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JERUSALEM (February 12, 2020) – Musrara, the Naggar School of Art and Society is pleased to announce it has received a grant through the Communities Connecting Heritage (CCH) program to carry out a cultural heritage project in partnership with the U.S. organization Wisdom of the Elders, which will explore the power of cultural arts for healing trauma and strengthening cultural identity. CCH, funded by the U.S. Department of State’s Bureau of Educational and Cultural Affairs, and administered by World Learning, empowers youth to protect the cultural heritage of underserved communities around the world.

“This project will provide a special and exciting opportunity for interaction between peoples from different cultural backgrounds, allowing sharing of thoughts, feelings, ideas, and especially human encounters where each participant brings their world and life experiences that are woven into the fabric of deeply rooted cultures,” said Dr. Avi Sabag H.C., Founder and Director of Musrara, The Naggar School of Art and Society. “We are bursting with curiosity towards starting this amazing journey. We feel it is a wonderful gift that will resonate from us to the world and hopefully for a beneficial and optimistic future.”

The program consists of a five-to-six month virtual exchange; two reciprocal, two-week in-person exchanges; and a culminating exhibition showcasing the material developed between the two groups.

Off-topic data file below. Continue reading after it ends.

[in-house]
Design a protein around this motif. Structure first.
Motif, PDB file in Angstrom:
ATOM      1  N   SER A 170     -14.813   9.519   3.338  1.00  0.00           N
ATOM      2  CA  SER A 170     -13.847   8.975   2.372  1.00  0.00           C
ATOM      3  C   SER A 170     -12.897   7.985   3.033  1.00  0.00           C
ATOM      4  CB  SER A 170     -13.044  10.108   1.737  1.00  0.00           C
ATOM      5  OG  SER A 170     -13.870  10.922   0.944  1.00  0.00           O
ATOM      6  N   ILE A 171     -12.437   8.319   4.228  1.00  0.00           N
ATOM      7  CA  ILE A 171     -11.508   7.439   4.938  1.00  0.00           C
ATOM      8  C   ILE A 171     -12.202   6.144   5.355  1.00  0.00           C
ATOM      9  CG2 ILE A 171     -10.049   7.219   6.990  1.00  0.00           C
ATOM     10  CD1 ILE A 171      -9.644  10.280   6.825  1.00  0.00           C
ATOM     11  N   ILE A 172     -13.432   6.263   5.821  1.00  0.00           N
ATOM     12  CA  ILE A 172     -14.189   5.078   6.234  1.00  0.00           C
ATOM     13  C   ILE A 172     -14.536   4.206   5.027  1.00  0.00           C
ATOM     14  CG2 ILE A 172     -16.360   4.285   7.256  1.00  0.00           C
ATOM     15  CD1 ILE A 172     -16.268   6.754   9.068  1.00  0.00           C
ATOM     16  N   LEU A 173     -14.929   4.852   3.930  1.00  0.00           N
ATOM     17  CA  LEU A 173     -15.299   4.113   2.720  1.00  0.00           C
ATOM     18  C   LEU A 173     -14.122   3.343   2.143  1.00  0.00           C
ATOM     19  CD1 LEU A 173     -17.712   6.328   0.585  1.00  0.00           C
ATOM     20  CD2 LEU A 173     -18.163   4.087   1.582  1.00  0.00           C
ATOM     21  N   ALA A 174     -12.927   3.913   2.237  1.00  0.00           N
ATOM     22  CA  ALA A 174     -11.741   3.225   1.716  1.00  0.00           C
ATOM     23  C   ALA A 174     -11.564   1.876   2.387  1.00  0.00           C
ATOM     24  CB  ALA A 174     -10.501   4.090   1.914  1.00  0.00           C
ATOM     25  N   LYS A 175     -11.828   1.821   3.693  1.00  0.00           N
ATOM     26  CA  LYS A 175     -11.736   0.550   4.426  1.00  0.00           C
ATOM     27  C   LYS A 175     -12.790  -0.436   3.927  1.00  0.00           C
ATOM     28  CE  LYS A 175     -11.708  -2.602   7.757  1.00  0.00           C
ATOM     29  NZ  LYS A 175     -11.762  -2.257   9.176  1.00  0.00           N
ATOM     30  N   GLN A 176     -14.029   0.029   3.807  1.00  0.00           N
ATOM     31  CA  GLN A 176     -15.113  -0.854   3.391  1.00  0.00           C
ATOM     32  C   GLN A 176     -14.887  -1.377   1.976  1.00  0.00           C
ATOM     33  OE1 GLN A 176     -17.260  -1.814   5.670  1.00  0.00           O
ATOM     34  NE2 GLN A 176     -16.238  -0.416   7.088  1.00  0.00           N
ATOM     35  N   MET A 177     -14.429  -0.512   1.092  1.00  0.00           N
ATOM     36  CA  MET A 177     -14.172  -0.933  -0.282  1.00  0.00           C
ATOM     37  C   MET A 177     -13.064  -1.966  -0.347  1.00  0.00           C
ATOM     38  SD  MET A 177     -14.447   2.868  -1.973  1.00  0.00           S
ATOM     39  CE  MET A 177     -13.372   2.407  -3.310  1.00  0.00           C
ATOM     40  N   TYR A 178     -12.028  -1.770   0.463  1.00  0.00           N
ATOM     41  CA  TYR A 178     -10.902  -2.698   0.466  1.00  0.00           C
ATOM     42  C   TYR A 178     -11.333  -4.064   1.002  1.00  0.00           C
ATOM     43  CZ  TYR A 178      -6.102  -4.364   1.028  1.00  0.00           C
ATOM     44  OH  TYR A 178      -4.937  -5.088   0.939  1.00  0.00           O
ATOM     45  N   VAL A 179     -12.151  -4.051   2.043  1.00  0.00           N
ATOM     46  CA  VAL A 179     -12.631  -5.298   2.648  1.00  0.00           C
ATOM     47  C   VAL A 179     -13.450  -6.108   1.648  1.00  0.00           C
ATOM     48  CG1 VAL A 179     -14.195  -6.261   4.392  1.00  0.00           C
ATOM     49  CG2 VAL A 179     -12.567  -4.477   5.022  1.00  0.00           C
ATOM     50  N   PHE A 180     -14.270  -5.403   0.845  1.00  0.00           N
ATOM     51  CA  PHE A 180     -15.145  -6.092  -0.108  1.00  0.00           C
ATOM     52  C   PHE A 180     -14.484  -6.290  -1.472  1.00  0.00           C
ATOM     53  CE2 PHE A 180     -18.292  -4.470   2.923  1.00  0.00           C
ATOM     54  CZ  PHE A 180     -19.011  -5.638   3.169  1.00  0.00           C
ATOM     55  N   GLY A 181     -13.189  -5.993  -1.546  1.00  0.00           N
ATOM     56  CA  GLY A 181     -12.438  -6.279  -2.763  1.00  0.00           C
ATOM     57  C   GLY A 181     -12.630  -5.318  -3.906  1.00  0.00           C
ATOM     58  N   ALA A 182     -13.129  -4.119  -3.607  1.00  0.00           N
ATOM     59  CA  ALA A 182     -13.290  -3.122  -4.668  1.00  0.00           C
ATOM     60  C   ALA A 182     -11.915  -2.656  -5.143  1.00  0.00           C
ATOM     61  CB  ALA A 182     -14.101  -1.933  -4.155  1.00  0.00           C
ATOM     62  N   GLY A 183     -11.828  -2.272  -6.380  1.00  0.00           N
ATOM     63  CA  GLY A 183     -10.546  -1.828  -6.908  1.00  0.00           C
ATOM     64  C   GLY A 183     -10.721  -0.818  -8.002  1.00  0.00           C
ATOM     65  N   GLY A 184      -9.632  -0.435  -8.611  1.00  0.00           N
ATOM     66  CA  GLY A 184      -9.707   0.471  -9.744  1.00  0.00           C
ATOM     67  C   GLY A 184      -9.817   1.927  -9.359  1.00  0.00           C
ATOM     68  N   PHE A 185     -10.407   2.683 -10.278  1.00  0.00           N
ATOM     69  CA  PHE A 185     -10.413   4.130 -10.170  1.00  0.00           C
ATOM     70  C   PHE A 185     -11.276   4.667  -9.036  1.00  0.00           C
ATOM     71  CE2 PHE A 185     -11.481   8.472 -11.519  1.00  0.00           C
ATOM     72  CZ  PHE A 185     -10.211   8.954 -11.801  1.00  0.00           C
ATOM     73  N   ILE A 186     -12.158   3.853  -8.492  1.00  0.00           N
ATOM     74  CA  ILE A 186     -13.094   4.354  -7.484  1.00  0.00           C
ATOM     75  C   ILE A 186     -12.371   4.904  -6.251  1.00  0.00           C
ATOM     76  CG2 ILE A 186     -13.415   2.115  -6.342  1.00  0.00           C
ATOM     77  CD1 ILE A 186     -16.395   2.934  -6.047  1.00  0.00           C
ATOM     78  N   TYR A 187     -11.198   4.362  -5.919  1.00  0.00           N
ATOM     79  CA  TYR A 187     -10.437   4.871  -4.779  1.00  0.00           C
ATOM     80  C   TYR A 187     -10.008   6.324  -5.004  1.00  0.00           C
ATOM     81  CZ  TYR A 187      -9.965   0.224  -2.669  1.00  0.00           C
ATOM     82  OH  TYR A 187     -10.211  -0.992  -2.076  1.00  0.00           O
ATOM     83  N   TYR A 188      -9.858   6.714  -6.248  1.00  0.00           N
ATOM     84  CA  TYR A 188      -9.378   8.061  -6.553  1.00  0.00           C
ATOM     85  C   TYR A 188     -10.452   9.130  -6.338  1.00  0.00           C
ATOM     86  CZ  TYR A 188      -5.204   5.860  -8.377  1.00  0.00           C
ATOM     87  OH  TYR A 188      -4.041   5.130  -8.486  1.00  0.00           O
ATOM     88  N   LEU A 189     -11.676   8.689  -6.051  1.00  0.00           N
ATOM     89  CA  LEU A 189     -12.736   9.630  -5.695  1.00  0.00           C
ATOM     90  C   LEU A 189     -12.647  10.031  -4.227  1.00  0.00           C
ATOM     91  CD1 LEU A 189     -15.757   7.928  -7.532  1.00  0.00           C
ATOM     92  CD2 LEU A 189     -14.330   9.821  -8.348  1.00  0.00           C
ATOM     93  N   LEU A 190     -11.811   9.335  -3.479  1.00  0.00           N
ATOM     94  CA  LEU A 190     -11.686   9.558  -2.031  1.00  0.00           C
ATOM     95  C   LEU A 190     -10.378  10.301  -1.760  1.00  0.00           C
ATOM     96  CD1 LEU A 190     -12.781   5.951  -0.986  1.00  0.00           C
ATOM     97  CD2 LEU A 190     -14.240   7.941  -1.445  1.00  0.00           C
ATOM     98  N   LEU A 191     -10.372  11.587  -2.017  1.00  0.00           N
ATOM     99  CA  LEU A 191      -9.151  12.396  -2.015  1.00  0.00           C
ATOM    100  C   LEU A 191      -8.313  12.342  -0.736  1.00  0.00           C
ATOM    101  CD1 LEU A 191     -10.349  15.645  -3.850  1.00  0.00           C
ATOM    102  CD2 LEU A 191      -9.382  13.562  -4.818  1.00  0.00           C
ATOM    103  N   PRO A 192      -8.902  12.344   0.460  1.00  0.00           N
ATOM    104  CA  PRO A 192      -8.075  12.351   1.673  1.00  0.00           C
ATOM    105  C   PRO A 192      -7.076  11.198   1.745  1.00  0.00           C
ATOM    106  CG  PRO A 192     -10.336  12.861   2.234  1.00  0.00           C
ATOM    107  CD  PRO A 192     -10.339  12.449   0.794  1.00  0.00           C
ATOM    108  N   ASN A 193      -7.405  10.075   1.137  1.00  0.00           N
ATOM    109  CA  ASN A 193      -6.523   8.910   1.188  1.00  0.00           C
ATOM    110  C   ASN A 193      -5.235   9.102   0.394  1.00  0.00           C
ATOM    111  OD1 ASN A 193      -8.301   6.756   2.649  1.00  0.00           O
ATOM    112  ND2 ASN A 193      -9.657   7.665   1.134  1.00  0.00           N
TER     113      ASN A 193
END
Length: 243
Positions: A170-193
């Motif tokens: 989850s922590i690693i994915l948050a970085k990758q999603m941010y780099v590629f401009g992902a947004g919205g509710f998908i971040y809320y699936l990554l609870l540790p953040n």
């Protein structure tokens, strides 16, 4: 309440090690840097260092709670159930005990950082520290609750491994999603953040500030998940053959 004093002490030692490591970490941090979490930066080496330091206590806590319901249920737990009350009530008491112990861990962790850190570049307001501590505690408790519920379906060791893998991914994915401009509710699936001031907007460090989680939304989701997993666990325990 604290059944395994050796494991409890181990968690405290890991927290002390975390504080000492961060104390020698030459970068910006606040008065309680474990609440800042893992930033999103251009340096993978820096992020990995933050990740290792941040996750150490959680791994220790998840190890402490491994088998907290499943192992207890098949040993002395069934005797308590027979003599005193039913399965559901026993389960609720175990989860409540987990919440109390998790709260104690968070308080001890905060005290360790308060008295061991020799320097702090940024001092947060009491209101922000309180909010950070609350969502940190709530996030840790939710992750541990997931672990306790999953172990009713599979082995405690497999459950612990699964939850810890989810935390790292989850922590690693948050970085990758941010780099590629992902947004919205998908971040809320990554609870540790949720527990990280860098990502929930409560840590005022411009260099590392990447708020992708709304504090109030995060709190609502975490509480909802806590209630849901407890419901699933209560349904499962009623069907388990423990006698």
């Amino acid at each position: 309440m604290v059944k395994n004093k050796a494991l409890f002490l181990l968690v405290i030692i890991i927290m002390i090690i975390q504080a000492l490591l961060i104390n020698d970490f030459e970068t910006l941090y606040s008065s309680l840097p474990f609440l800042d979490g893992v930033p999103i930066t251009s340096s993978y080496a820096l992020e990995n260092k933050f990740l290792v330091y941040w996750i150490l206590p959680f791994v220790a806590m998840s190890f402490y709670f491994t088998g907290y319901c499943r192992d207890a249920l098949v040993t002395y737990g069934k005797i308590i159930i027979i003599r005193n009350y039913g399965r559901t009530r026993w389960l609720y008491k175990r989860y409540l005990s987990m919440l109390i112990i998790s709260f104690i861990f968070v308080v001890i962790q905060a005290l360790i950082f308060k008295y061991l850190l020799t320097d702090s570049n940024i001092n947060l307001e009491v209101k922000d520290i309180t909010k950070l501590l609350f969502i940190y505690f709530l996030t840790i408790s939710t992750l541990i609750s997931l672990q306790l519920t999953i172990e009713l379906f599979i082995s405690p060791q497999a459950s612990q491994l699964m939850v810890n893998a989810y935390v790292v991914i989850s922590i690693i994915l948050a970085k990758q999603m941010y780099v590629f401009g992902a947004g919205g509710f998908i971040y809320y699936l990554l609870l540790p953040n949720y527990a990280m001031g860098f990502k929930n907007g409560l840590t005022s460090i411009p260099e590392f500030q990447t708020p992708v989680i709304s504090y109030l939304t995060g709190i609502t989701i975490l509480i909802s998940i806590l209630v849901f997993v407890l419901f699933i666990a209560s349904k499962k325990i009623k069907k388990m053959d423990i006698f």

Musrara is one of six international organizations selected for the program and each international organization was paired with a U.S. counterpart. Musrara’s partner, Wisdom of the Elders, is a Native American organization from Portland, Oregon, which aims to preserve Native American history and cultural heritage through media productions and green Native agriculture.

This collaborative project, The Hero's Journey of Transformation, will engage students and artists in Israel from Jewish, Muslim, and Christian communities and multigenerational Pacific Northwest Native American storytellers, artists, and other cultural leaders. Musrara will apply its use of phototherapy and photography as healing tools to the project, while Wisdom of the Elders will share Native American traditions of storytelling and other methods of spiritual healing.

The first in-person exchange will take place in February 17-29, when Musrara's team will visit Native American reservations in Oregon and Washington State. During the exchange, Musrara will conduct phototherapy and photography workshops and engage with the local communities. For the second exchange, Wisdom of the Elders will visit Jerusalem during the annual Musrara Mix Festival in June. In addition to meeting Musrara’s students and visiting cultural establishments, Wisdom of the Elders’ team will also share their traditional tools of healing and share performances by artists including Kunu Dittmer-Bearchum, a Native American rapper.

The project’s culminating exhibitions will include photo displays, video recordings, sound installations, and stories, which will initially be developed into art pieces during the Musrara Mix festival and later in Portland, Oregon.
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